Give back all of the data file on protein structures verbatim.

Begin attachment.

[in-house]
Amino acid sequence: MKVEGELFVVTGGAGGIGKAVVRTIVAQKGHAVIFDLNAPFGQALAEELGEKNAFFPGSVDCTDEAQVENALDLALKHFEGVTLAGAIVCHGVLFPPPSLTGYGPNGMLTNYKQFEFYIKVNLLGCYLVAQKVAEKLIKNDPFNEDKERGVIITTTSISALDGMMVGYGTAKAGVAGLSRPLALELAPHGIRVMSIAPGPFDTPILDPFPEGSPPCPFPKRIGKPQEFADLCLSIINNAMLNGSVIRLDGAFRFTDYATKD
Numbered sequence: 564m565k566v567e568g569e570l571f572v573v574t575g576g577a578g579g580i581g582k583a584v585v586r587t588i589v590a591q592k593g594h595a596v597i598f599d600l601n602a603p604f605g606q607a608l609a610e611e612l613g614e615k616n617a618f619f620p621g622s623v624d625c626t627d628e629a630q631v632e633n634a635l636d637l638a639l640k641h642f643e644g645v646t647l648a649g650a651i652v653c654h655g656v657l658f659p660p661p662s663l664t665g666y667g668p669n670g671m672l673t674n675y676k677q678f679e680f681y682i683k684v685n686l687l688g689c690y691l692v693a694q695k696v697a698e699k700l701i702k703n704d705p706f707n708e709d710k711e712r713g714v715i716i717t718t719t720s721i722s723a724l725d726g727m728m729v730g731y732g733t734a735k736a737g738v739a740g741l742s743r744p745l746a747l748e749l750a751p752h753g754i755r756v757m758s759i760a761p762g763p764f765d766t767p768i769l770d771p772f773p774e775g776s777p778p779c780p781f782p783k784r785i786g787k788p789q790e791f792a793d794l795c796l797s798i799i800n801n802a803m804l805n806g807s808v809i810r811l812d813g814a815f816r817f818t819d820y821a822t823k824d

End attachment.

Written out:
[in-house]
Amino acid sequence: MKVEGELFVVTGGAGGIGKAVVRTIVAQKGHAVIFDLNAPFGQALAEELGEKNAFFPGSVDCTDEAQVENALDLALKHFEGVTLAGAIVCHGVLFPPPSLTGYGPNGMLTNYKQFEFYIKVNLLGCYLVAQKVAEKLIKNDPFNEDKERGVIITTTSISALDGMMVGYGTAKAGVAGLSRPLALELAPHGIRVMSIAPGPFDTPILDPFPEGSPPCPFPKRIGKPQEFADLCLSIINNAMLNGSVIRLDGAFRFTDYATKD
Numbered sequence: 564m565k566v567e568g569e570l571f572v573v574t575g576g577a578g579g580i581g582k583a584v585v586r587t588i589v590a591q592k593g594h595a596v597i598f599d600l601n602a603p604f605g606q607a608l609a610e611e612l613g614e615k616n617a618f619f620p621g622s623v624d625c626t627d628e629a630q631v632e633n634a635l636d637l638a639l640k641h642f643e644g645v646t647l648a649g650a651i652v653c654h655g656v657l658f659p660p661p662s663l664t665g666y667g668p669n670g671m672l673t674n675y676k677q678f679e680f681y682i683k684v685n686l687l688g689c690y691l692v693a694q695k696v697a698e699k700l701i702k703n704d705p706f707n708e709d710k711e712r713g714v715i716i717t718t719t720s721i722s723a724l725d726g727m728m729v730g731y732g733t734a735k736a737g738v739a740g741l742s743r744p745l746a747l748e749l750a751p752h753g754i755r756v757m758s759i760a761p762g763p764f765d766t767p768i769l770d771p772f773p774e775g776s777p778p779c780p781f782p783k784r785i786g787k788p789q790e791f792a793d794l795c796l797s798i799i800n801n802a803m804l805n806g807s808v809i810r811l812d813g814a815f816r817f818t819d820y821a822t823k824d